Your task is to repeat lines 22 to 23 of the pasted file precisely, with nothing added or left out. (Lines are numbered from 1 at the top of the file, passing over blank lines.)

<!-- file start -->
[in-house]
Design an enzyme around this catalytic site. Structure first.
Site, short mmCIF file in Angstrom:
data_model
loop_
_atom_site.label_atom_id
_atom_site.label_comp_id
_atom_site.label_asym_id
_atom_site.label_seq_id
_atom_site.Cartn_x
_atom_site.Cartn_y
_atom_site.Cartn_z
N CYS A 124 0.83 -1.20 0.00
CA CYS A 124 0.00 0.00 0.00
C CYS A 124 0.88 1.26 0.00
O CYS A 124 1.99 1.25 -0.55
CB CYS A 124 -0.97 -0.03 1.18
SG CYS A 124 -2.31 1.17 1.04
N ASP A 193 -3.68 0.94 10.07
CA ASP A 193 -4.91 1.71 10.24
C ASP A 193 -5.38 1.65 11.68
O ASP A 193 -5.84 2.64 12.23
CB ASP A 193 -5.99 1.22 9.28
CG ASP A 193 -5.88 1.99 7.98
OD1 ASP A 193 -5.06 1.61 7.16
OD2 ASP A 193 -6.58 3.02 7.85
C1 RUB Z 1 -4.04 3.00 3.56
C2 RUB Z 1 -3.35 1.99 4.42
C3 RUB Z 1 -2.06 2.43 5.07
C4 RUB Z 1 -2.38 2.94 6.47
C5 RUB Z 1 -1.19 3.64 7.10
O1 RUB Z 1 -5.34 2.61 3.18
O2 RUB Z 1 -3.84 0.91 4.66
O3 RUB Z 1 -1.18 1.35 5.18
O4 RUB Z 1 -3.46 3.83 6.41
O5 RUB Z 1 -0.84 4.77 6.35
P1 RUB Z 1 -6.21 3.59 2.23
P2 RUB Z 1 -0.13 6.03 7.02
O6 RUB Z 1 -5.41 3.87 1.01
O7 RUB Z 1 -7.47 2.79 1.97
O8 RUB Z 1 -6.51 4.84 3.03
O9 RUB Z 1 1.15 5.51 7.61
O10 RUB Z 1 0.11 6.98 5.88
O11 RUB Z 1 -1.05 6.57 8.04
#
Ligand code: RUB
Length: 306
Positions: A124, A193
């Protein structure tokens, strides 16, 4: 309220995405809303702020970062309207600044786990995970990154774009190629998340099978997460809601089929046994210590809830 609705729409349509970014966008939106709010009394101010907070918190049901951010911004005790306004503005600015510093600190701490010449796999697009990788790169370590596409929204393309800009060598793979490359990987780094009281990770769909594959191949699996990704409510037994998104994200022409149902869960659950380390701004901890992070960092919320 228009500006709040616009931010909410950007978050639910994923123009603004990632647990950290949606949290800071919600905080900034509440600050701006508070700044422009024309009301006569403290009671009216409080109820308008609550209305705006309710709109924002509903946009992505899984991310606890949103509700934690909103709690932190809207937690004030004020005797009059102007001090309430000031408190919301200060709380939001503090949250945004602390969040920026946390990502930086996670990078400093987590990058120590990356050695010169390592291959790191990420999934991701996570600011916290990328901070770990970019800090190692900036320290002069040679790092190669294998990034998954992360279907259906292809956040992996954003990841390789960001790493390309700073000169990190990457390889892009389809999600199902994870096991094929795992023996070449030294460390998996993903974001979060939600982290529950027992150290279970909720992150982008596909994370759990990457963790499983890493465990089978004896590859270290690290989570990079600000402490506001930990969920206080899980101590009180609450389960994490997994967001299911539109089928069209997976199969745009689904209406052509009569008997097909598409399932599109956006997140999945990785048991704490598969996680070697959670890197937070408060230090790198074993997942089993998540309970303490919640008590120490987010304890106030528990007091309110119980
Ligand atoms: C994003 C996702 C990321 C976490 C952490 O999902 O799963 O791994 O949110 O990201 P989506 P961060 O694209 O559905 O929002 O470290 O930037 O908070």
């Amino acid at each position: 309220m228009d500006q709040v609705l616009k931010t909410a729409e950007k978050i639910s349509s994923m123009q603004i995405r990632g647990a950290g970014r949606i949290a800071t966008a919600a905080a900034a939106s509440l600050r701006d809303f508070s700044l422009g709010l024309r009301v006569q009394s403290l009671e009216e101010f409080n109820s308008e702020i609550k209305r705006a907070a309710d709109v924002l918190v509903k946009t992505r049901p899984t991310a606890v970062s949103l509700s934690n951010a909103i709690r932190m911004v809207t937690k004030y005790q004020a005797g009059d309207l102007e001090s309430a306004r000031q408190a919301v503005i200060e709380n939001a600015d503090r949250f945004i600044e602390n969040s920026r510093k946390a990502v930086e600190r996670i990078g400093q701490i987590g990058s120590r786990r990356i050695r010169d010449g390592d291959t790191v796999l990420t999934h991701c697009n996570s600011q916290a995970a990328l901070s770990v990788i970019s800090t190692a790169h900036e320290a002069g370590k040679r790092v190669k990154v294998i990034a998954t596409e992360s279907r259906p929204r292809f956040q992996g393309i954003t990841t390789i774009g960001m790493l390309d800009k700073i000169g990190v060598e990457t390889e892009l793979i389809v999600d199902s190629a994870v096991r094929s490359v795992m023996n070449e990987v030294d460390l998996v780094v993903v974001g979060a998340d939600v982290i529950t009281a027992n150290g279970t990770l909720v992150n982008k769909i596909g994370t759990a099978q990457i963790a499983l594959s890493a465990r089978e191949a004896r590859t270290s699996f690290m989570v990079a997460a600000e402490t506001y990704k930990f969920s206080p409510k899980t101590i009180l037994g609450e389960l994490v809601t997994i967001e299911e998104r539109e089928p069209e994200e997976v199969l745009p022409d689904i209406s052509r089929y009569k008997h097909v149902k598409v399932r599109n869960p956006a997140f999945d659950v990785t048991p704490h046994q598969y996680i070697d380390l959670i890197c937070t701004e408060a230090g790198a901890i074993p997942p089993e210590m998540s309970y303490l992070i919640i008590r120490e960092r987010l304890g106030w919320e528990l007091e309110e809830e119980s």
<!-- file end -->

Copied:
O ASP A 193 -5.84 2.64 12.23
CB ASP A 193 -5.99 1.22 9.28